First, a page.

As encouraged by prof. Jacek Fisiak, Celtic studies at School of English (now Faculty of English) were established in 2004. Initially, a selection of courses in matters Celtic was offered. Additionally, that was also the time when intensive Irish courses were introduced, enthusiastically embraced by students from both inside and outside of the then School of English. The first B.A. scheme was launched in 2007, only to be followed 3 years later by a full M.A. programme. Thus, Poznań has become and continues to be the only academic centre in Poland offering both BA and MA programmes in the field of Celtic studies.

As the very name of the department suggests, the collective term ‘Celtic’ covers neither a single language nor a single literature, but as many as six modern Celtic languages (classified as minority languages) and six literatures respectively. Our department is particularly interested in the two members of the Celtic family group, i.e. Welsh and Irish. The rationale behind this is strictly connected with the sociolinguistic situation of the languages in question, namely out of the six contemporary Celtic languages it is Welsh and Irish that enjoy the biggest numbers of speakers. To a lesser extent, we also deal with Breton, Scottish Gaelic, Cornish and Manx.

Our staff specialise in various research areas such as:

  • sociolinguistics of the Celtic languages
  • preservation and revitalisation of minority languages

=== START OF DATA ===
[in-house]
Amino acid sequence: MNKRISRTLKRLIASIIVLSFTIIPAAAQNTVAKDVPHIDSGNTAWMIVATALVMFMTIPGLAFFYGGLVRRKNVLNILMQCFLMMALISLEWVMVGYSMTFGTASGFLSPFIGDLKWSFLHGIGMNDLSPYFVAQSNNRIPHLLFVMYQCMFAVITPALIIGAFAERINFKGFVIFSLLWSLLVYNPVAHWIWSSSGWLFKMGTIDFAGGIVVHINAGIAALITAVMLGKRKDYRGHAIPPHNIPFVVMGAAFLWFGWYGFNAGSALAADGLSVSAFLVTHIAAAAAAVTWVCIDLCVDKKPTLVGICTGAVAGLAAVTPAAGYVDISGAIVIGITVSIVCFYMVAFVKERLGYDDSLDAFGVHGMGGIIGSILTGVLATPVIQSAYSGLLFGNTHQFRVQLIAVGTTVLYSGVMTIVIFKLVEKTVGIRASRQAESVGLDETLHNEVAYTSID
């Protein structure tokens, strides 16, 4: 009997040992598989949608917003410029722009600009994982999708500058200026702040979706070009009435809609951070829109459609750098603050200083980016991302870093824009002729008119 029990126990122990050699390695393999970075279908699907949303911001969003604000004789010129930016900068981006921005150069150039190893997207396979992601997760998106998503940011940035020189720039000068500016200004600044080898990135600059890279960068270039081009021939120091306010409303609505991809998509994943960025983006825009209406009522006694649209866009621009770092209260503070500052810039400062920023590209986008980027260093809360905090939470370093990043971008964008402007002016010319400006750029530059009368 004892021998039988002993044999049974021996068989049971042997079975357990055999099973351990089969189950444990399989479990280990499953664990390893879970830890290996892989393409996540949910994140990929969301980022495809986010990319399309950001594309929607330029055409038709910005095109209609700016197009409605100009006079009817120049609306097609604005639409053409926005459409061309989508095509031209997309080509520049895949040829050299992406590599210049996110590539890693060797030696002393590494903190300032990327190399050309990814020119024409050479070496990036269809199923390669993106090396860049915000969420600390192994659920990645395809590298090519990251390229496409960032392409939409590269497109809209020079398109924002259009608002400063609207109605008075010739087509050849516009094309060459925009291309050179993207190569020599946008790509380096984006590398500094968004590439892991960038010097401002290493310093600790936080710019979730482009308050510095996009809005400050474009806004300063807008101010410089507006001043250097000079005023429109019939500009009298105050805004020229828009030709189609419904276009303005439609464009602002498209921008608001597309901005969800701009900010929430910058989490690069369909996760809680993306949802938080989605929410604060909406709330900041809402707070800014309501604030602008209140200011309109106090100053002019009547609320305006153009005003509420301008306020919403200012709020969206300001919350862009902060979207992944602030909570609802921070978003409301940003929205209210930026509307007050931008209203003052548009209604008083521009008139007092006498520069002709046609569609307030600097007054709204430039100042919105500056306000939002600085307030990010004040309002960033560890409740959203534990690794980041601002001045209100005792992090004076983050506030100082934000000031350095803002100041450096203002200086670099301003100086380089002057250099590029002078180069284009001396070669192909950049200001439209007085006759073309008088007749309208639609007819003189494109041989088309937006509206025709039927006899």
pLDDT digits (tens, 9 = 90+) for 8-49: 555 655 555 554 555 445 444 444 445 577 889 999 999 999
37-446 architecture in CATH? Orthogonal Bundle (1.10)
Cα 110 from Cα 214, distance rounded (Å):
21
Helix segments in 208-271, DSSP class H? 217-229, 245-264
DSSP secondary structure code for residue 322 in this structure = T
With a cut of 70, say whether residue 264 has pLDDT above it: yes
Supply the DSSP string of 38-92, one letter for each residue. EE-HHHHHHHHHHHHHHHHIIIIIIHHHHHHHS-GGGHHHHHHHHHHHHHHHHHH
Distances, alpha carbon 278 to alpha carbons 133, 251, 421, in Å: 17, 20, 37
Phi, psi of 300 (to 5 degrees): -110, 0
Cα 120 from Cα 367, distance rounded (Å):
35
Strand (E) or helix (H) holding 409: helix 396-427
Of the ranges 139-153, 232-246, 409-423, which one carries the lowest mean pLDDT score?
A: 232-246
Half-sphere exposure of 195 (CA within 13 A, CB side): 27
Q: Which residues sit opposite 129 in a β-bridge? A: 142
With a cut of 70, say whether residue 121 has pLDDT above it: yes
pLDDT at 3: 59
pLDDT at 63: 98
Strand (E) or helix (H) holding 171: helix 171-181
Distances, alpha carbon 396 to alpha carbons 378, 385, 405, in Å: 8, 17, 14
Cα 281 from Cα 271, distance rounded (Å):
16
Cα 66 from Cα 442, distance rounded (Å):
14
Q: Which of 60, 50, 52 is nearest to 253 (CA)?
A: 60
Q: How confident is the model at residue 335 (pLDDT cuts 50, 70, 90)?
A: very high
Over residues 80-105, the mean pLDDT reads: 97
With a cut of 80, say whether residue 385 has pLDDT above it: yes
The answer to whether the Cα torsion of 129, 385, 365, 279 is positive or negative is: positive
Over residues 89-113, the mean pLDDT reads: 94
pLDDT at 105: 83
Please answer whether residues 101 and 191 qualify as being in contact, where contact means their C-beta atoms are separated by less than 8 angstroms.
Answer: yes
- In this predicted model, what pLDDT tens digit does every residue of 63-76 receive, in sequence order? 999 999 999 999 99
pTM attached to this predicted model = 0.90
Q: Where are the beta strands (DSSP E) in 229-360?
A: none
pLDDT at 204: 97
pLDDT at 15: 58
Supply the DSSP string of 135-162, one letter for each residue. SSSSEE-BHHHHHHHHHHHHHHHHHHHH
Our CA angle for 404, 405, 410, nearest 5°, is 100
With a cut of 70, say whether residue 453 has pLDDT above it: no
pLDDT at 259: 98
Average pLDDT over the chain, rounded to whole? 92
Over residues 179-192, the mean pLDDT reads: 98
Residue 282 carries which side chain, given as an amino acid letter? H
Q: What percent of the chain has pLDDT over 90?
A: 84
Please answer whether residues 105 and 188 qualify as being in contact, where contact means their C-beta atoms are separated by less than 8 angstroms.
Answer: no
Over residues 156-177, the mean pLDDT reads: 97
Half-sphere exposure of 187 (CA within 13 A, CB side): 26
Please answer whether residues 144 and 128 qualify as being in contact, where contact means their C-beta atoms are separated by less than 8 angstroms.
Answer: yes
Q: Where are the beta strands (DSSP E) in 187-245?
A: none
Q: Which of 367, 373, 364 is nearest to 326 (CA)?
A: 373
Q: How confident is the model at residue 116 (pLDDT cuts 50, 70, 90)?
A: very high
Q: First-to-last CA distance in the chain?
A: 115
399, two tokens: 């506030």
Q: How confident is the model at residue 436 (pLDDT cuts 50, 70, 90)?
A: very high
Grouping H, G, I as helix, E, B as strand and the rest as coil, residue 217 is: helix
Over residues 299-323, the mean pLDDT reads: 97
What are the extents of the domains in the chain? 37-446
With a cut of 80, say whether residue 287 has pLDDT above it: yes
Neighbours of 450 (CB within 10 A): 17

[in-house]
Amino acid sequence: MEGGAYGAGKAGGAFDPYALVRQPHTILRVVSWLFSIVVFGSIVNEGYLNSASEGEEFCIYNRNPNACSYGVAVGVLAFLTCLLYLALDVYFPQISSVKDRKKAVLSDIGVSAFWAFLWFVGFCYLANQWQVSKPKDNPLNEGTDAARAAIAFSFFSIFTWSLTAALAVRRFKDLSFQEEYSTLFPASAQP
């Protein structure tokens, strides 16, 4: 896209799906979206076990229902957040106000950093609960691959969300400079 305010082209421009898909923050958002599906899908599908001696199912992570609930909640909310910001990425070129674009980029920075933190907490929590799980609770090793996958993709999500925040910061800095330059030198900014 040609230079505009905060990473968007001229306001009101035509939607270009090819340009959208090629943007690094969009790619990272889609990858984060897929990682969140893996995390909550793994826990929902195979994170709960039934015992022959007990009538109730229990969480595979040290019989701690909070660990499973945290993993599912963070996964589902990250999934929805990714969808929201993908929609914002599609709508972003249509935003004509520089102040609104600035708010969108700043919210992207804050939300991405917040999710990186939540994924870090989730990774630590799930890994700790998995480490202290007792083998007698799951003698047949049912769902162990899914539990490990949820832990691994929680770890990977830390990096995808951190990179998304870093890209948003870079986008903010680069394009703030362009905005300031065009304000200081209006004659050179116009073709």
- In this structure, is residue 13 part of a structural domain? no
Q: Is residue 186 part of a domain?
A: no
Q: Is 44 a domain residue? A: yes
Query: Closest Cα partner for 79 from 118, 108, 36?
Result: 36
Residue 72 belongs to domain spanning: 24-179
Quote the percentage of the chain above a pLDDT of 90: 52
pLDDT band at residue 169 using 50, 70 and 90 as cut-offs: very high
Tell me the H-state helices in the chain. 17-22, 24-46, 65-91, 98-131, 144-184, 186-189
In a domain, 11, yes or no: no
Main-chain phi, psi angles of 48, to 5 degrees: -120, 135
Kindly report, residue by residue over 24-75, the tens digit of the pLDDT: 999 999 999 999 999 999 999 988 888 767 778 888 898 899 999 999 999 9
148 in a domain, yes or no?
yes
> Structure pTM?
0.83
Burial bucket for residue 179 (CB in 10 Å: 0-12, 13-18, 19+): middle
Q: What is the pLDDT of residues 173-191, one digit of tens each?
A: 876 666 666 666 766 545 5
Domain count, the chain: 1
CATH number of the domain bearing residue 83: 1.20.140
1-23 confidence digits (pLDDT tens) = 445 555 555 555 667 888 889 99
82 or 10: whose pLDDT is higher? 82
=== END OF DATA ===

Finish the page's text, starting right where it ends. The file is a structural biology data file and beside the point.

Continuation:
• Welsh semantics
  • Celtic onomastics
  • Teaching Welsh and Irish as second/foreign languages
  • Welsh lexicography
  • Welsh literature
  • 19th c. Welsh history
  • Irish history


As to our general scholarly activity, this year we are organizing 1st Poznan Conference of Celtic Languages which is to take place in October. Between 2007-2013 we organized Celtic Satellite Sessions during the Poznan Linguistic Meeting. We are also currently preparing the 1st issue of Res Celticae, journal of the Department of Celtic Languages and Literatures, which welcomes submissions covering all aspects of matters Celtic. The department also hosts regular meetings of the Celtic Research Group, with speakers from both Poland and abroad.

Students and graduates of the Celtic department spread their passion for the Celtic languages abroad for example by appearing in Welsh and Irish media, thus strengthening the cultural connections between Poland and the Celtic countries. One of our graduates, Alicja Mańkowska, who is fluent in Irish and currently lives in Ireland, regularly appears on Raidióna Gaeltachta and talks about the Polish culture; currently she is organizing together with this radio channel a Polish-Irish society to bring together the local Irish-speaking community and Polish emigrants. Another of our graduates – Joasia Rybelska – appeared on the Welsh program “Hwb – Learner Abroad”, talking about her experience of learning Welsh. This is an example of our students not only creating a positive image of Polish people abroad, but also showing the Celtic minorities that we support them in their struggle to preserve the endangered languages.

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